Professor of Statistics and Data Science and of Economics
David Pollard, B.S. University of Melbourne, Ph.D. Australian National University, faculty member at Yale since 1977 when you came to Yale at the invitation of John Hartigan, knowing nothing about Connecticut, to be a visiting assistant professor: You are a world-class statistician, a leading scholar in probability theory, empirical processes, and Le Cam theory. Your highly influential books, Convergence of Stochastic Processes and Empirical Processes, are standard references for asymptotic statistics and machine learning theory. A User’s Guide to Measure Theoretic Probability is ground-breaking in its unconventional yet rigorous approach to advanced probability. As recondite as your work is, you have a reputation for writing extremely well and clearly describing complicated ideas, often through the use of “horsey-and-ducky” examples. You are so highly regarded as a scholar and writer, we have to report, that even your published notes are considered valuable and distributed far and wide!
Not just an admired scholar, however, you are also a gifted teacher who is able to make the hardest concepts seem easy and intuitive and whose infectious humor makes heavy work lighter. A student wrote: “Classes I took from David Pollard were all difficult, and all were exhilarating. He was the perfect paradigm of a teacher: invariably perfectly prepared, yet open to improvisation and surprises; willing to reveal himself thinking about the subject while standing in front of the class; dedicated to meticulous annotation of homework (marking not only errors, but applauding felicitous choices, and inserting encouraging remarks); and giving of himself totally in the process of teaching, which was a joy-ride of enthusiasm and discovery through his subject.” We can think of no higher praise for a teacher than that.
Your pedagogical interest was not only individual: you helped introduce a successful model of teaching introductory statistics courses by sharing teaching with faculty members from other departments. The Yale Probabilistic Networks Group seminar, a master class in your research process, has trained decades of your graduate students.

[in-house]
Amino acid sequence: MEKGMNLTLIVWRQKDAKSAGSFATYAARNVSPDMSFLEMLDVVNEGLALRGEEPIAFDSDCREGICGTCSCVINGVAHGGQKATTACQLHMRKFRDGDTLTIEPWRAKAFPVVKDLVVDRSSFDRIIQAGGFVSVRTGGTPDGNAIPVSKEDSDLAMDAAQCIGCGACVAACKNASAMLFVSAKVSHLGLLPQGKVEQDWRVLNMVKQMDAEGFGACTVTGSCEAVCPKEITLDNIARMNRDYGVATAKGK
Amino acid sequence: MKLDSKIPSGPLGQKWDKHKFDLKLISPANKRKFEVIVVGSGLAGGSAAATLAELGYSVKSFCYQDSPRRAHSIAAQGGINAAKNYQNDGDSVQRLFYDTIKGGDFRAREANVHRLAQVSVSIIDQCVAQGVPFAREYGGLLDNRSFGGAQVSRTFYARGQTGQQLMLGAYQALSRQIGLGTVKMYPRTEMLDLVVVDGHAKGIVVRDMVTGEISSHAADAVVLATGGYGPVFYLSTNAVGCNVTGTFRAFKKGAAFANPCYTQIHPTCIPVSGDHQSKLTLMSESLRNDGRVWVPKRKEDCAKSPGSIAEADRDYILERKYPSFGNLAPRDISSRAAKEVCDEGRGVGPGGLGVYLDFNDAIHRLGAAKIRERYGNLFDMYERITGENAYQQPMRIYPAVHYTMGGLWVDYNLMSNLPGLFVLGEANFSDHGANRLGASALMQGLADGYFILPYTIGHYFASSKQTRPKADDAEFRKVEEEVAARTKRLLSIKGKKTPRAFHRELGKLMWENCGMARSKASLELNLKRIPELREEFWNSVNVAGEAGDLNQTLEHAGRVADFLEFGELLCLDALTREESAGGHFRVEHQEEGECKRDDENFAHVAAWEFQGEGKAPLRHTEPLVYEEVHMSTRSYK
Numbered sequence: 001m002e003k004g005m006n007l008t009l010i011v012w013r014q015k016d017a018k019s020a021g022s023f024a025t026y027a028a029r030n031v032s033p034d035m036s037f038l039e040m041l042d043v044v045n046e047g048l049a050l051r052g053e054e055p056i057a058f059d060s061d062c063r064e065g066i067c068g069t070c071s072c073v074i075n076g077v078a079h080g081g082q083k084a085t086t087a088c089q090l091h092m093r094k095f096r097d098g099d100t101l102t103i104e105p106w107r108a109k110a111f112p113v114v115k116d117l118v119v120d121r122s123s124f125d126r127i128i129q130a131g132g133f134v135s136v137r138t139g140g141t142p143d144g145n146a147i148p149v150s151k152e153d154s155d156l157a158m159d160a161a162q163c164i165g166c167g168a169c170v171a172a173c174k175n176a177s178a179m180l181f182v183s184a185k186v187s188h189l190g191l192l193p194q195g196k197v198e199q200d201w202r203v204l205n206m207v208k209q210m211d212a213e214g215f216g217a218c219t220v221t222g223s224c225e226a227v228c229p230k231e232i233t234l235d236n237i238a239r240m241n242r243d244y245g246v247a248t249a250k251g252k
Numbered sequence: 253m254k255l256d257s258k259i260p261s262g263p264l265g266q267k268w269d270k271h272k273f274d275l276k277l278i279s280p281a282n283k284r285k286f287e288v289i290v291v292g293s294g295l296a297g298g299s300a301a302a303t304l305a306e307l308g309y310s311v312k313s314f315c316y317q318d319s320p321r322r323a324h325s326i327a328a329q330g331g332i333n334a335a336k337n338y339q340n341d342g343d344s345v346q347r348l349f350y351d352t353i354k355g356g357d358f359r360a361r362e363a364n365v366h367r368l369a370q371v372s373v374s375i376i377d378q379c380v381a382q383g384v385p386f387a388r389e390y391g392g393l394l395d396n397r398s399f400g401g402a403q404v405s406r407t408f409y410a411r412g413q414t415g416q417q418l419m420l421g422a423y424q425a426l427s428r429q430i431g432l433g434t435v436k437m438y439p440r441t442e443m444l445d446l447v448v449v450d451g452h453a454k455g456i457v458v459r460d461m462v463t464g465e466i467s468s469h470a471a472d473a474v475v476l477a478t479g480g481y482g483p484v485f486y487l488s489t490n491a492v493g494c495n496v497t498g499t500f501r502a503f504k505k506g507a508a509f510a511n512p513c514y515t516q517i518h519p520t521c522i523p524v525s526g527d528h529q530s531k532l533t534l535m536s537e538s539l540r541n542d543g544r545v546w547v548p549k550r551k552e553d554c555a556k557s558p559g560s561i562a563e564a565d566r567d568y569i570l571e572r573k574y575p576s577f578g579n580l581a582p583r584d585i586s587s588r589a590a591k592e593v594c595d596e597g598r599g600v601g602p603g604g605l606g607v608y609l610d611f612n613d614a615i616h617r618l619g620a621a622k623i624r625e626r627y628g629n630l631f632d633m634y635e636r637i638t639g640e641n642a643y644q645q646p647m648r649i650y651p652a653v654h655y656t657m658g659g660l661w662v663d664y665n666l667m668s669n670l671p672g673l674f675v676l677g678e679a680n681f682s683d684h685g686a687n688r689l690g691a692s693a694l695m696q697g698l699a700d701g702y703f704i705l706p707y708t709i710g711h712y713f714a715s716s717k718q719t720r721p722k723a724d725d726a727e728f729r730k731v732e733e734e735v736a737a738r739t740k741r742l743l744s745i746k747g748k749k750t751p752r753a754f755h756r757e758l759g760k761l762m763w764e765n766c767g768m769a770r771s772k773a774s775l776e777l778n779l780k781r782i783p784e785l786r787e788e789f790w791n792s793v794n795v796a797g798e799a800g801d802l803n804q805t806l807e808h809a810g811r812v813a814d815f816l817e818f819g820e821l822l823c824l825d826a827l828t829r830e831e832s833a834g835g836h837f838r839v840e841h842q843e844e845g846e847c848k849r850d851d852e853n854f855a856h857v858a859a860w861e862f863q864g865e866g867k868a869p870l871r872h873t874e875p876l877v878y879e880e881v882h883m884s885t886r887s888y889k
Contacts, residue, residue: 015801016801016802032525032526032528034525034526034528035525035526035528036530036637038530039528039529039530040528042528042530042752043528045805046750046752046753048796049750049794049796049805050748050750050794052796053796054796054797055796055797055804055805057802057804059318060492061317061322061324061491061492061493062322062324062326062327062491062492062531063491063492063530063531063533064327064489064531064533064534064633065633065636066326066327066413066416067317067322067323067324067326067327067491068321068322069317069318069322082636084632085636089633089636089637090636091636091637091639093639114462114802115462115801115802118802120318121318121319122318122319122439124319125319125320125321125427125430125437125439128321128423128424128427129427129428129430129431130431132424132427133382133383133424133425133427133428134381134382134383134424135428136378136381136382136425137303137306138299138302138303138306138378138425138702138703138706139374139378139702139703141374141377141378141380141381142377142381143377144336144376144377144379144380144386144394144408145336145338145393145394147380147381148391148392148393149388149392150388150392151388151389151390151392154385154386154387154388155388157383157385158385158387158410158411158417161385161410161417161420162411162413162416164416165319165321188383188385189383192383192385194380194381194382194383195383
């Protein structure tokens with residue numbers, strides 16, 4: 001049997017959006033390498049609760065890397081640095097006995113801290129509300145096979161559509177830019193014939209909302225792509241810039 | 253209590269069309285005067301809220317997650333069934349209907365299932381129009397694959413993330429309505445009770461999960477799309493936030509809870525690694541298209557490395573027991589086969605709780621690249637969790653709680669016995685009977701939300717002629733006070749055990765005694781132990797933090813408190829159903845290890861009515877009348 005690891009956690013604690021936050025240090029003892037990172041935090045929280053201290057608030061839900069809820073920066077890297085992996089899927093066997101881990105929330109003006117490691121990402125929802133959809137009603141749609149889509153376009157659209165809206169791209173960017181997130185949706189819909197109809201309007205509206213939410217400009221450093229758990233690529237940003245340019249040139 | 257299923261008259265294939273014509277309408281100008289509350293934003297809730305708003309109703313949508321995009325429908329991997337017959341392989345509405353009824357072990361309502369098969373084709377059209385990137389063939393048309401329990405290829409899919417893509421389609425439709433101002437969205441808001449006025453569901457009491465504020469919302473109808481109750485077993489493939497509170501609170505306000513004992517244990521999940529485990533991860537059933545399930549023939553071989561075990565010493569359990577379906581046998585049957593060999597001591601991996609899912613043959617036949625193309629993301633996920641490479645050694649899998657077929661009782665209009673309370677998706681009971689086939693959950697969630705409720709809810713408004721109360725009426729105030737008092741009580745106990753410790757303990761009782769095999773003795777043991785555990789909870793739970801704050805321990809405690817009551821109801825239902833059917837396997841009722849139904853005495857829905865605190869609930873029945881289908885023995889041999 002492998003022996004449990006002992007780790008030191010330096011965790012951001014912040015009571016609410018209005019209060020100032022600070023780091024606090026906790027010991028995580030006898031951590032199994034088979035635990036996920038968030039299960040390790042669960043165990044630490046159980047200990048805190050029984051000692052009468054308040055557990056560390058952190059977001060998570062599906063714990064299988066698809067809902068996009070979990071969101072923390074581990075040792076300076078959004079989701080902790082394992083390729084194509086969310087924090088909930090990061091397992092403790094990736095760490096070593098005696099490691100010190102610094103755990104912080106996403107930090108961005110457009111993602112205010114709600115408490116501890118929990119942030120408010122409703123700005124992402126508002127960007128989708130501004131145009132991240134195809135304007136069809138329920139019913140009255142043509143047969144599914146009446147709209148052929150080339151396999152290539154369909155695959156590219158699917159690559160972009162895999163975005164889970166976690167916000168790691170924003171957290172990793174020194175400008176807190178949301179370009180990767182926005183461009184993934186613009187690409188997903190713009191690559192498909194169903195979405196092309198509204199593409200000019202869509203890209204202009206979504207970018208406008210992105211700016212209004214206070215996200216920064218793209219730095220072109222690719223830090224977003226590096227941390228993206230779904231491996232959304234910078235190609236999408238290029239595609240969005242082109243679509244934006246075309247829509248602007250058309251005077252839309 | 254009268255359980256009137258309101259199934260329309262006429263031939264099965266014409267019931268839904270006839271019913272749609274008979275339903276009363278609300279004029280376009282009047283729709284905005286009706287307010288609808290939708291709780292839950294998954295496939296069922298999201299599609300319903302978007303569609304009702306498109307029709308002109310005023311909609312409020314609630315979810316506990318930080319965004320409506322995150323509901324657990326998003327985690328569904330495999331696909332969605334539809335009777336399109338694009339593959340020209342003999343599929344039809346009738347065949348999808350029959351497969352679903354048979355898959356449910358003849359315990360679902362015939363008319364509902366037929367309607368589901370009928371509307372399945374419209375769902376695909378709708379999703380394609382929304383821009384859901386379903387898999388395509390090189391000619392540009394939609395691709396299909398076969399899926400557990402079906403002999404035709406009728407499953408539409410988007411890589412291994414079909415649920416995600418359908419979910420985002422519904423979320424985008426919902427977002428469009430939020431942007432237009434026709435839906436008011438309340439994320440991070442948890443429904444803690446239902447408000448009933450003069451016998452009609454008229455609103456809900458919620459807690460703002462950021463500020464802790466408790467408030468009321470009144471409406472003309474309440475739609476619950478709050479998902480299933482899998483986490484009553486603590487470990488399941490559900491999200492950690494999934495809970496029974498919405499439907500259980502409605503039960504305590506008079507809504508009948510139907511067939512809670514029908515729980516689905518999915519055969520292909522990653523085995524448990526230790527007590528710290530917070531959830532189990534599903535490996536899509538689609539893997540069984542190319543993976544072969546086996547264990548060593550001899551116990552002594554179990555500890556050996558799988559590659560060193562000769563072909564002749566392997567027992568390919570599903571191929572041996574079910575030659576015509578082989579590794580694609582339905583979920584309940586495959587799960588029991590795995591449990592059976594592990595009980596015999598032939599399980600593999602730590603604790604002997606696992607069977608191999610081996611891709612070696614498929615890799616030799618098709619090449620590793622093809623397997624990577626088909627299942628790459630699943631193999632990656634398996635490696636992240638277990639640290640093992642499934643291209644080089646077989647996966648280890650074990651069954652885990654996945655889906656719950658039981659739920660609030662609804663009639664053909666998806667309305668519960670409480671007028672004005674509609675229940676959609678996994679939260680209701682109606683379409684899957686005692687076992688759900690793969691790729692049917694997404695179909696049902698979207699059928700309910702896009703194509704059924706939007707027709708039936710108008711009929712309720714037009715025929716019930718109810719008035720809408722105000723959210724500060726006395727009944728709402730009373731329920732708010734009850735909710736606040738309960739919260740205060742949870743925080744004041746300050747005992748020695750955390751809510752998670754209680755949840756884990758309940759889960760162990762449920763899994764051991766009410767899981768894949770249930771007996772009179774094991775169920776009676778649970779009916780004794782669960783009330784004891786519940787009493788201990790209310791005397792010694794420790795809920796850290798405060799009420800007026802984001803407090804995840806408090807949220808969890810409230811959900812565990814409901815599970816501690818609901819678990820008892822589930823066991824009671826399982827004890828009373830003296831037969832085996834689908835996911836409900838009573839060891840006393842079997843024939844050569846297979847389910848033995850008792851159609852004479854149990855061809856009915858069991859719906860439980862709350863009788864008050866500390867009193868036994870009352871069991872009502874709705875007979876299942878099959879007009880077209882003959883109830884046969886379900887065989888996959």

In character and temperament, you are known for your extraordinary desire and ability to dive deep into the details of any task you are given. This capacity is visible in all your activities, whether in chairing the department, in your scholarship, teaching, and advising, in learning new computing methods, or—for that matter—in reading all the materials presented at the divisional committee, to name just a few. The process of editing a paper with you often requires extreme endurance! One student mentioned fifteen editing cycles: you invariably identify simpler arguments, clearer language, and new directions to explore. But the final product of that effort is always worth it. All of these traits are surely what was in evidence when, as an expert witness to the Connecticut Public Defender’s Office, you helped reform the State of Connecticut jury system.
As a person you are known to be wise and kind: You always have time for your students and colleagues. You think deeply about the interests of your department, your colleagues, your students, and the University. If you are on a committee, your colleagues all listen and highly value your insights. A careful analysis, according to first-rate methodology, of your contributions to your work, your department, and to Yale has demonstrated that 100% of the people think you are worthy of 100% of their admiration and regard and wish for you in retirement a life of 100% satisfaction. What more can any statistician ask for?